[Foundational Literacy Skills] Why Reading By the Third Grade Really Matters

Monday, March 13, 2017 -- McKenna Wierman

Reflecting back on our own formative years, we don’t normally think about the third grade as a milestone in life. Most of us can remember the names of our teachers, who our friends were, a funny story or two, and not much else. But, when academics are concerned, the third grade is one of the most important years in a child’s education because it is a critical time for developing reading and literacy skills.

According to this report published by the Annie E. Casey Foundation, third grade marks the time in a child’s education where they transition from learning how to read, to understanding what it means to read to learn. In a nutshell, this means third graders are graduating from simply mastering the basics of phonics, vocabulary, and other building blocks of literacy to grasping how to read in order to process complex information, think critically, solve problems, and apply concepts they read about to real world situations. Reading to learn allows students to take control over their own learning, by using reading skills to gain more information on other subjects in school, or their own interests outside of the classroom.

Reading to learn is a critical skill for students to master, as it lays the foundation for a child’s academic and overall future success. Without adequate reading and literacy skills, students are less likely to understand what they are being taught at higher grade levels, more likely to struggle in other subjects, and may even be more likely to exhibit social anxieties or low self-esteem as a result.

It may seem hard to believe reading skills in the third grade could have such an enormous impact on the future of a child’s academic career and social success. Many educators have heard the rumor that prisons use third grade reading scores to predict the number of beds they’ll need in the future. While claims like that are not true, there’s no denying that low reading proficiency in the third grade has long-term negative effects on a child’s future. And what’s truly problematic is that millions of American children are entering the fourth grade without having attained the level of reading proficiency they need for continued academic success.

Insufficient reading skills expose students to the risk of a domino-effect of academic struggles. Low reading proficiency inevitably makes grasping more-advanced level academic concepts challenging, but also impedes social development, leading to a higher likelihood of dropping out of school without a high school diploma. In term, without a diploma, students are significantly more likely to experience unemployment, poverty, and even incarceration.

Acknowledging the importance of early literacy, many states have actually enacted legislation around reading by the third grade initiatives. All but a handful of states assess for reading proficiency in or before the third grade, and in fifteen states, students are required to demonstrate proficiency in order to be promoted to the fourth grade. In twelve of these states, students can avoid retention by participating in an intervention program like receiving supplemental instruction during or beyond the school day, working with a reading specialist, or utilizing an online practice program. Increasingly, researchers are encouraging policy makers to adopt legislation that focuses on comprehensive solutions for early reading deficiency identification and intervention instead of simply retention versus promotion.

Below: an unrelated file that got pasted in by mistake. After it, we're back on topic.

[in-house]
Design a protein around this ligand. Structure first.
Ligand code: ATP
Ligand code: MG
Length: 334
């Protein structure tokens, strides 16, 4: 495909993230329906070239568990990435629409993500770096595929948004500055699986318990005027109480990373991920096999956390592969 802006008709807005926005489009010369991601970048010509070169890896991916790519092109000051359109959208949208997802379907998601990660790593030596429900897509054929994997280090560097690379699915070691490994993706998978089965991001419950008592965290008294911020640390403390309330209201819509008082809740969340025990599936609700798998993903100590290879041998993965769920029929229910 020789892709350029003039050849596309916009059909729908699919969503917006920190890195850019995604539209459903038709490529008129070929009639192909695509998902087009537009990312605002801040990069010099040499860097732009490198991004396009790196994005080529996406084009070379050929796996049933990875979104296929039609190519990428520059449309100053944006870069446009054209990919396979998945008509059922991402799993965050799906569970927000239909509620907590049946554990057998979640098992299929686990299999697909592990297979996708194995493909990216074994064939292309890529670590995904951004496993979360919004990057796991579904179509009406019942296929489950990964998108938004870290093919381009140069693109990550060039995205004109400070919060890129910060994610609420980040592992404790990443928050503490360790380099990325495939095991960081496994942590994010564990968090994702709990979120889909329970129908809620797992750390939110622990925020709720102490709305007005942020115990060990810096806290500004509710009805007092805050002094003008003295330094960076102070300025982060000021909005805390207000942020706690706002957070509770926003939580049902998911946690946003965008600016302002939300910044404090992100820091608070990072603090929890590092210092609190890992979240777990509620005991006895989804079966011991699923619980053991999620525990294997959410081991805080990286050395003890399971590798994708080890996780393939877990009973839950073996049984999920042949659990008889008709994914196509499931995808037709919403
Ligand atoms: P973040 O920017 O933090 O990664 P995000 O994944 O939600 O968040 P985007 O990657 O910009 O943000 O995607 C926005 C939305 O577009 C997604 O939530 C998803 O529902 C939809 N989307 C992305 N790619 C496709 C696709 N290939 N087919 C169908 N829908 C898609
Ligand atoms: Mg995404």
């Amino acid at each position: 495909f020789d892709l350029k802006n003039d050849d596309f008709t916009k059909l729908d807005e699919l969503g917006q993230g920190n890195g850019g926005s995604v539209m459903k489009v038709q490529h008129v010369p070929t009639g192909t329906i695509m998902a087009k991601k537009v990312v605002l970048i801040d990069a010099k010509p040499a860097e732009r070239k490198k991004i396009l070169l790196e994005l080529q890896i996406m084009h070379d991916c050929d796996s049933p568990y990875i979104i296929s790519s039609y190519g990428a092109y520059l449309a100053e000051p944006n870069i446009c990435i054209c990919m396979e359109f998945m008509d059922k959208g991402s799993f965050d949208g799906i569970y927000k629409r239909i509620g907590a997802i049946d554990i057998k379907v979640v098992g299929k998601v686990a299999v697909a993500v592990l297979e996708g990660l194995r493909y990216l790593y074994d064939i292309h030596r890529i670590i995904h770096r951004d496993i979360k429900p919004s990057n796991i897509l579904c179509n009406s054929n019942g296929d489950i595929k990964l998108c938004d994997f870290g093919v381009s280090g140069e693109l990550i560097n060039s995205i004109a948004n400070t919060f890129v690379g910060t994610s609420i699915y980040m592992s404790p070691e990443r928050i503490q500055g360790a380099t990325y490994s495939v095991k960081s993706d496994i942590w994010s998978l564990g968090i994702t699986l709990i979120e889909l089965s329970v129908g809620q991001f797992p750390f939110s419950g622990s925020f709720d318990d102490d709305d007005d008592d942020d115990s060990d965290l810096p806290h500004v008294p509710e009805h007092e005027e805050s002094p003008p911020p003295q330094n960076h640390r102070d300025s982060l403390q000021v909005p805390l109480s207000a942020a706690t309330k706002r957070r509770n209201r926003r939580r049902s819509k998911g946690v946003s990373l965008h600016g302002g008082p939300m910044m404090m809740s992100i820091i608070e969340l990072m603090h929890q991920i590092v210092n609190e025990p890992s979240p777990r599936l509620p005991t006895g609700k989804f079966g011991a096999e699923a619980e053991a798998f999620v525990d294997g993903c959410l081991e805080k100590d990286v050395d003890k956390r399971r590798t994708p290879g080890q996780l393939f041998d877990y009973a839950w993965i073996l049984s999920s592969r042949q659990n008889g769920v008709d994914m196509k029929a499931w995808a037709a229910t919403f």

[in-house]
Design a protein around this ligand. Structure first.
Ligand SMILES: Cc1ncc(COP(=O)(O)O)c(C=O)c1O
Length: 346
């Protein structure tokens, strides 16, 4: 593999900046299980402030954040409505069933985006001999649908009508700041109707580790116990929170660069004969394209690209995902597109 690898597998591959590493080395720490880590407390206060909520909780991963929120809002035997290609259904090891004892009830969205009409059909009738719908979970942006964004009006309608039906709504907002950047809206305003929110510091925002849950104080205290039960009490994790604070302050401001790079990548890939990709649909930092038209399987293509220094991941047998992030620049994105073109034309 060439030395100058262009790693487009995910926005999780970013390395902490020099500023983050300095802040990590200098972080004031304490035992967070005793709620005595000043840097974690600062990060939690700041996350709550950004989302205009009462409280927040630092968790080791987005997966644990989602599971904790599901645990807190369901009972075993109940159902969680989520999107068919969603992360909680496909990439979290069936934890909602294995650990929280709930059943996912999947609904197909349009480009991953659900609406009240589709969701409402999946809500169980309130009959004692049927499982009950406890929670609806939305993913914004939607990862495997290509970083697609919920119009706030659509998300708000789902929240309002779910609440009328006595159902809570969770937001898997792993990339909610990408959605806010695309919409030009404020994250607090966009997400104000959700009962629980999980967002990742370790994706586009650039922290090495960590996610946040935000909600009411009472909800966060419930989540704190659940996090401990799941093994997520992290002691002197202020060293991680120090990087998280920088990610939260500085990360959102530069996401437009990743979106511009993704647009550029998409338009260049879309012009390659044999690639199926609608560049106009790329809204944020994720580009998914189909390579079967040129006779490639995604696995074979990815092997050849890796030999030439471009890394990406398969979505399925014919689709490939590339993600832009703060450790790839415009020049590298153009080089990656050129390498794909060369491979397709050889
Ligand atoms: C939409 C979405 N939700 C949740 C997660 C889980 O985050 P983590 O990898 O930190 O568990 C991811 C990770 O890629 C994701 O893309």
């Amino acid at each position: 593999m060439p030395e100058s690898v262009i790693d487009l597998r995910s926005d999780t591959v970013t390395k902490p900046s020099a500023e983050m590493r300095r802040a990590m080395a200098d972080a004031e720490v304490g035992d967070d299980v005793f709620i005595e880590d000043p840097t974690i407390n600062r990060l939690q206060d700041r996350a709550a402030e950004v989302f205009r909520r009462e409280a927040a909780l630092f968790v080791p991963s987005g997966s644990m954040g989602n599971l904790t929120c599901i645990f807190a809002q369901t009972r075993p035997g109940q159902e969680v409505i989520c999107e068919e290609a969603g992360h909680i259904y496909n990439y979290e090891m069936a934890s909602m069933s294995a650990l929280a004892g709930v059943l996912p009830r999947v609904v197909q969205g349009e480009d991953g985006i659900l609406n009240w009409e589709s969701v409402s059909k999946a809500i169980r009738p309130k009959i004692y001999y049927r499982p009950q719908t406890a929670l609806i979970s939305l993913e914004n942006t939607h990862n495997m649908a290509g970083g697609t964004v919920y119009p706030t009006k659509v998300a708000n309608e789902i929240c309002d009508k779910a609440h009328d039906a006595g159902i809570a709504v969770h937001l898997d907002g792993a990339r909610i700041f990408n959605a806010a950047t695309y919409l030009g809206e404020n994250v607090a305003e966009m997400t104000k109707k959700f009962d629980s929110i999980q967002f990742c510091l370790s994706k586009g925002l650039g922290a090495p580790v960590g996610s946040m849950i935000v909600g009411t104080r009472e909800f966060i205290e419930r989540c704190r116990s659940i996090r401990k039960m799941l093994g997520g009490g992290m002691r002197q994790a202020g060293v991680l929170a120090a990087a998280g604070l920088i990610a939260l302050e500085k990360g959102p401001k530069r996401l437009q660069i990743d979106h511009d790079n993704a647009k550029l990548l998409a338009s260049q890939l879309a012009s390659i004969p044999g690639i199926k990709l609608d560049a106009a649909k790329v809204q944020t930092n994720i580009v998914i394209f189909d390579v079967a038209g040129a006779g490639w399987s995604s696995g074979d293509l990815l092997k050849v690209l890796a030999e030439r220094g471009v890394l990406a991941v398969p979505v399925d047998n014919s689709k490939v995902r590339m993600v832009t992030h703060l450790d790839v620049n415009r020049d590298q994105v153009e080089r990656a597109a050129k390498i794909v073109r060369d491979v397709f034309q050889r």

The evidence is clear; developing proficient reading skills in all students by the third grade is a must. What can educators do to ensure students are developing the literacy skills that will put them on the path toward future academic, social, and career success? Here are several simple classroom strategies to try:

  • Set aside 15-20 minutes of class time each day to devote to group or independent reading
  • Consistently emphasize the joy and discovery of reading by sharing your own love for it
  • Institute “reading logs” to help ensure that students are reading outside of the classroom—and make sure you have a way to reward their efforts and successes!
  • Utilize literacy stations in the classroom to engage students in reading and build well-rounded skillsets
  • Create a comfortable, inviting classroom library
  • Talk to students’ parents about the importance of reading outside the classroom, and help them create literacy-rich environments in their homes
  • Monitor students (including older students) for reading deficiencies and quickly provide necessary interventions

Third grade may seem like just another year in elementary school, but when it comes to literacy skills, it’s so much more than that. The third grade is a turning point in the journey all students embark on from learning-to-read to reading-to-learn. This transition is a keystone moment in a child’s life-long learning ability; educators and parents alike need take full advantage of this window of time in to hone in on literacy skills and build proficient readers.

Interested in learning more about Edmentum’s online resources to support literacy learning? Check out Reading Eggs and Reading Eggspress, our foundational 2-in-1 literacy solution built around the five pillars of reading!

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